Sunday, August 18, 2019

My Monarch Caterpillar Adventure

When I did the usual rounds of my vegetable garden this morning, I saw one of the stems of my milkweed plant covered with tiny yellow spots. They were moving. I know nothing about yellow moving spots, so I googled it and found out that they were aphids, known to damage milkweed plants. I cut off the stem and put the whole thing in a bowl of water. Aphids do not qualify for equal rights protection, in my book.

My milkweed plants are sacred territory. I planted them for the sole purpose of attracting monarch butterflies, which are fast disappearing. If you don't know this, monarchs can only live off of milkweed. The plant provides all the nourishment the monarch needs to transform the caterpillar into the adult butterfly.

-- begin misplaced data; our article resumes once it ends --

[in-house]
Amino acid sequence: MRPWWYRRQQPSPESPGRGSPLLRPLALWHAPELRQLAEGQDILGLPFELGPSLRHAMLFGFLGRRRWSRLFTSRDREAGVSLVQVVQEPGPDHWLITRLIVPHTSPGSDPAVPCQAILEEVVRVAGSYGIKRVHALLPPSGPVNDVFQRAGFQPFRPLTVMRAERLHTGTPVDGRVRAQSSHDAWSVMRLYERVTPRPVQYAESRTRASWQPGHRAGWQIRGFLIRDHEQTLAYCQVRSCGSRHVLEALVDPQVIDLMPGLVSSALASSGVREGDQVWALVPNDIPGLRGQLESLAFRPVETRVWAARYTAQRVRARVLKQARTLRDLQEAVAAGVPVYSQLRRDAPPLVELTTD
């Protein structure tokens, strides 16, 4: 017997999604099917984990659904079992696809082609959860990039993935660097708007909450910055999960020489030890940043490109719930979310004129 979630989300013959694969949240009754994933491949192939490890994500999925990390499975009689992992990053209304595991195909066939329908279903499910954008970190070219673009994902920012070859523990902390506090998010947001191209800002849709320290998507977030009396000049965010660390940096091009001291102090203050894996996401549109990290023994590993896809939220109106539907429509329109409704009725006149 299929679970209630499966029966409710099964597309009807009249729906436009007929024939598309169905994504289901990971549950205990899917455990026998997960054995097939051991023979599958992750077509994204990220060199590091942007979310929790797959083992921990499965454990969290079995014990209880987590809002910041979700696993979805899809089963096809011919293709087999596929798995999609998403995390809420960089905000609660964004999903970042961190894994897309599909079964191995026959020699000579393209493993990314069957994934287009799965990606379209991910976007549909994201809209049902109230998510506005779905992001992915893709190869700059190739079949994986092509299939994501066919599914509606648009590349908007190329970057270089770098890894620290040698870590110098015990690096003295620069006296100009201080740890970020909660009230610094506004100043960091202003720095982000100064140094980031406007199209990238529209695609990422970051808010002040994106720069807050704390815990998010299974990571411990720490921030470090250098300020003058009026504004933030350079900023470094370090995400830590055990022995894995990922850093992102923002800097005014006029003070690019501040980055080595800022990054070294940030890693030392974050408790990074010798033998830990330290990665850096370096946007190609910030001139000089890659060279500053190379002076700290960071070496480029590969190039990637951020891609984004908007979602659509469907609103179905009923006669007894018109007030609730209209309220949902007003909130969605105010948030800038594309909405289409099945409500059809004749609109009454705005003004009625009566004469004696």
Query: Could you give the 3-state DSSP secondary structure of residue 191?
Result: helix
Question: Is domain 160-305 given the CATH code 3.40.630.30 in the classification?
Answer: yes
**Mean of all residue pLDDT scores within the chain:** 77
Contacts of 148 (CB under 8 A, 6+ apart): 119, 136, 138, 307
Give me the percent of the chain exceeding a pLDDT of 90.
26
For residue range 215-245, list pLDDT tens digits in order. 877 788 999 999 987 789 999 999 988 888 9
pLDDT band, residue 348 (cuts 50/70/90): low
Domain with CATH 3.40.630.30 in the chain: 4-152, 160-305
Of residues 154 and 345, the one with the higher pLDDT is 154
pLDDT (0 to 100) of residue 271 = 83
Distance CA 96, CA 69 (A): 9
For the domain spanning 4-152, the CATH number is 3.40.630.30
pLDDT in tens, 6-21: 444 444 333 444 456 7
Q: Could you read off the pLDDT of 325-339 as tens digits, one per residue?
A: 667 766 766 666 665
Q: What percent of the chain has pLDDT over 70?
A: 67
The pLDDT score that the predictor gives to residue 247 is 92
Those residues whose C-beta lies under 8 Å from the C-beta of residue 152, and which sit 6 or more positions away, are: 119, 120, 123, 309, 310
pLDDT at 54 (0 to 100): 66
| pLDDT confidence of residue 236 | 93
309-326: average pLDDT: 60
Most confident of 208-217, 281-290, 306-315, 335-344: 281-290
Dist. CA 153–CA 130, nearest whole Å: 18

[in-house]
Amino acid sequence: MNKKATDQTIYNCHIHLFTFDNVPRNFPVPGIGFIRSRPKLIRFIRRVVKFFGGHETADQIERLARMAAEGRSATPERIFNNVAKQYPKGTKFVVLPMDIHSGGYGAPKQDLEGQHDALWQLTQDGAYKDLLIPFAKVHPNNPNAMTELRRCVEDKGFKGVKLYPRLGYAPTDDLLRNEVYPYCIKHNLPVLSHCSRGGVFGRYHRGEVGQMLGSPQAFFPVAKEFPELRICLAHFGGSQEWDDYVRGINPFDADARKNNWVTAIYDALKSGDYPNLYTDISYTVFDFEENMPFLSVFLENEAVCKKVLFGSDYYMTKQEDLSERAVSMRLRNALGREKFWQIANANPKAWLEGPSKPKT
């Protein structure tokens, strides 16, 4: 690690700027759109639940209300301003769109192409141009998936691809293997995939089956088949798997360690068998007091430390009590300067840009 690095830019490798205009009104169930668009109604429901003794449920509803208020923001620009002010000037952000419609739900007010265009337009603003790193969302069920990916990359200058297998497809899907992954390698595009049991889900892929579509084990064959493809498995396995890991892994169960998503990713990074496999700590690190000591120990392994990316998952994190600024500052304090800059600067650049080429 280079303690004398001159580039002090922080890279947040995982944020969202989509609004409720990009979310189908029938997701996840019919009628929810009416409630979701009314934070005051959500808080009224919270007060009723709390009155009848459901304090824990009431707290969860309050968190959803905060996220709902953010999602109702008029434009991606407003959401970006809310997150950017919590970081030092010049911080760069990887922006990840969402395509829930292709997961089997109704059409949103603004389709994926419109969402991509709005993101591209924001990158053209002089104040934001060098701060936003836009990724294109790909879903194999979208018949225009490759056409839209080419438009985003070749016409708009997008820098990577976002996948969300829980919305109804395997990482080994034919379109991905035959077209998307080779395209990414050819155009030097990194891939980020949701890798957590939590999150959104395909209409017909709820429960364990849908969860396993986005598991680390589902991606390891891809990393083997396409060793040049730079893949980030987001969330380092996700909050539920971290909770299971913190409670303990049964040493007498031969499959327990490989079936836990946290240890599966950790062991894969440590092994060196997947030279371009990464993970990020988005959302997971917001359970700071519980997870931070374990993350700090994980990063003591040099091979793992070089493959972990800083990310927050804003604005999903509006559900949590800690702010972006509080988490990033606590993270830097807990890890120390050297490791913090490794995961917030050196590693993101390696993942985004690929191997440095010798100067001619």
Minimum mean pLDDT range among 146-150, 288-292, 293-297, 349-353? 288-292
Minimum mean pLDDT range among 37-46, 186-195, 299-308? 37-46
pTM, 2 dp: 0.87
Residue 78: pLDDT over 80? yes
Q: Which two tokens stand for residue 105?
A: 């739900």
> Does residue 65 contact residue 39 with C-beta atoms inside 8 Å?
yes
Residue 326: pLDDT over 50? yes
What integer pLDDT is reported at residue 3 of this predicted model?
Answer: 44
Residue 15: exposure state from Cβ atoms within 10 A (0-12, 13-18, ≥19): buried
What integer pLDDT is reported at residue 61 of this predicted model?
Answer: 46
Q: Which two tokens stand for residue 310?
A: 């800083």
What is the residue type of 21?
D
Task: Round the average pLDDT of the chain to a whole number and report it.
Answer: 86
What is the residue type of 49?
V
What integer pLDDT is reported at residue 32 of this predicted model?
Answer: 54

Lo and an behold, I saw a magnificent yellow and black striped caterpillar on one of the leaves. And a few feet away, hidden under a leaf was another one. I named them Julie and Max. Maybe Julie is a boy and Max is a girl, but that’s ok. Now, every day, I check on them.

Yesterday Max disappeared. I checked the underside of leaves, the stems, the tops. No Max. Maybe a bird had taken him? Maybe he didn’t like his residence and had moved on, although I doubt he could have traveled far, even with all his legs.

Today, as I was watering my pepper plants, I saw Max lying curled up in a spiral on one of the leaves. He wasn’t moving, so I thought he must be dead. Just to be sure, I snipped the leaf and gently slid Max back on one of the milkweed leaves. Almost immediately his antennae wiggled, his head popped up and he began to crawl up and down, making constant U-turns. What was he doing? Did the fall cause brain-damage? Did he loose his sense of direction?

He then found a milk-weed pod and started to scrape off the skin until some milk came out which he started to drink. ‘Good old Max, you sure gave me a fright’, I thought.